Re: YEC Invasion

From: Keith Miller (
Date: Sat Sep 06 2003 - 18:41:20 EDT

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    Below is a letter that I wrote to a pastor of a local church where ICR
    was to give a workshop. I was given the opportunity to give an evening
    presentation at the church a few months later. The letter is a
    description of how I approached the issues. Perhaps it might be
    helpful for you.



    Simply stated, my position is that there is no inherent conflict
    between evolutionary theory and a Christian faith with a high view of
    scripture. By evolution I mean the theory that all living things on
    Earth are descended from a common ancestor through a continuity of
    cause-and effect processes. I believe that there are no necessary
    breaks or gaps in causal explanations. That is, all transitions in the
    history of life are potentially explicable in terms of "natural"
    cause-and-effect processes. This theory is no mere guess or hunch, but
    an extremely well-supported explanation of the observed record of
    organic change. It has great explanatory power in drawing together an
    incredibly wide range of data from many disciplines in an explanatory
    framework. It has been very effective in generating fruitful and
    testable hypotheses that have driven new discoveries and advanced our
    scientific understanding of the universe.

    I accept the Bible as authoritative and true in what God intends it to
    communicate. However, simply accepting the truth of the Biblical
    writings does not indicate the meaning of those writings. Just as our
    observations of the natural world must be interpreted within some
    explanatory framework, scripture also must be interpreted. There is no
    such thing as an objective reading of scripture. The question for the
    Christian is then - What is the best interpretive framework for any
    given passage of scripture. I am convinced on the basis of current
    evangelical scholarship that the best interpretation of the first
    chapters of Genesis is a literary one in which neither time nor
    chronology is part of the intended message.

    Finally, I fully and unhesitatingly accept the doctrine of Creation.
    God is the Creator of all things and nothing would exist without God's
    continually willing it to be. God is intimately and actively involved
    in all natural processes. Every natural process is as much an act of a
    personal Creator as any miracle. The best term for this view of God's
    creative activity is "continuous creation." Furthermore, I believe
    that God's existence can be known in the creation through faith.
    However, scientific observation provides no proof of the existence of a
    creator God, indeed it cannot. Neither does scientific description,
    however complete, provide any argument against a Creator. Since God
    acts through process, evolution and the theology of Creation are
    perfectly compatible. In fact, I see them as positively reinforcing.
    An evolutionary understanding of Creation illuminates our theological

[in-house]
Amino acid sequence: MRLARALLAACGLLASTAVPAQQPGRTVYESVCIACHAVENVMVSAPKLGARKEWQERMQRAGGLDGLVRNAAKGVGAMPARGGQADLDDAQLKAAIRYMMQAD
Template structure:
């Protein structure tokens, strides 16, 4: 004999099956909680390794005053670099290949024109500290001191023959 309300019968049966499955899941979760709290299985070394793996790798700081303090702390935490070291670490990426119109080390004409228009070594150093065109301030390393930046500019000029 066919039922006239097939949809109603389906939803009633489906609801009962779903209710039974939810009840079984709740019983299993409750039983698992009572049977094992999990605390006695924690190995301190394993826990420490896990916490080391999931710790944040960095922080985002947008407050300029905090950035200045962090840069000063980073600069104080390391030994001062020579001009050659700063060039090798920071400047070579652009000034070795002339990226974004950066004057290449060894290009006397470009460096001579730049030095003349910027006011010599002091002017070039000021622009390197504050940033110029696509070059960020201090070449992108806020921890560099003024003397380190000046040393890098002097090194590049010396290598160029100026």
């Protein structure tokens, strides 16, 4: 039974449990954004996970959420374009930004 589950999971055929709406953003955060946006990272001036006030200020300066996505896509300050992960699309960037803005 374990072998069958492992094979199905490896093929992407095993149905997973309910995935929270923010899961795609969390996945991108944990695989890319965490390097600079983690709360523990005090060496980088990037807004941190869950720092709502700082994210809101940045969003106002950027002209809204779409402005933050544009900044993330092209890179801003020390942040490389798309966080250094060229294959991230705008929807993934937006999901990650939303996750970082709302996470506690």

understanding, and theology places our scientific discoveries in a more
    comprehensive context and provides necessary moral guidance in the
    scientific endeavor.

    Much of the controversy over evolution and creation seems to rest
    firmly on the widely held view that evolution and Christianity are in
    irreconcilable conflict. However, this conflict view has been
    thoroughly discredited by both theological and historical scholarship.
    Christian theologians (including evangelicals) have long recognized
    that a faithful reading of Scripture does not demand a young Earth nor
    does it prohibit God's use of evolutionary mechanisms to accomplish His
    creative will. Many evangelical Christians at the time of Darwin found
    no inherent conflict between evolutionary theory and scripture. In
    fact, several of the authors of the "Fundamentals" (the set of volumes
    that gave us the term 'fundamentalist") accepted some form of
    evolutionary theory. Even B.B Warfield, who argued forcefully for
    Biblical inerrancy, accepted the validity of evolution as a scientific
    description of origins. The primary advocates of evolutionary theory
    in America included Asa Gray, George Frederick Wright, and James Dana
    -- all committed evangelical Christians. Evangelical theologians
    today widely recognize that scripture is not properly seen as a source
    of scientific understanding. Questions of natural mechanisms and
    processes are simply not the concern of the Biblical texts.

    Many theologically orthodox Christians have viewed evolution since the
    publication of The Origin of Species, as a positive contribution to
    understanding God's creative and redemptive work. For many, important
    theological truths concerning the nature of humanity, the goodness of
    creation, God's providence, and the meaning of the Cross and suffering
    find renewed significance and amplification when applied to an
    evolutionary view of God's creative work. The integration of an
    evolutionary understanding of Earth and life history with theological
    understandings of God's creative and redemptive activity has yielded
    important insights. The fruits of these efforts need to be more widely
    known and discussed. There is a desperate need to diffuse the heated
    conflict that has grown up around the issue of evolution. The
    evolution/creation "warfare" view has effectively inhibited productive
    popular dialogue on important theological and scientific issues.

    Despite the long theological dialogue with evolutionary theory, many
    people continue to view evolution as inherently anti-theistic and
    inseparably wedded to a worldview that denies God and objective
    morality. Although this understanding of the meaning of evolutionary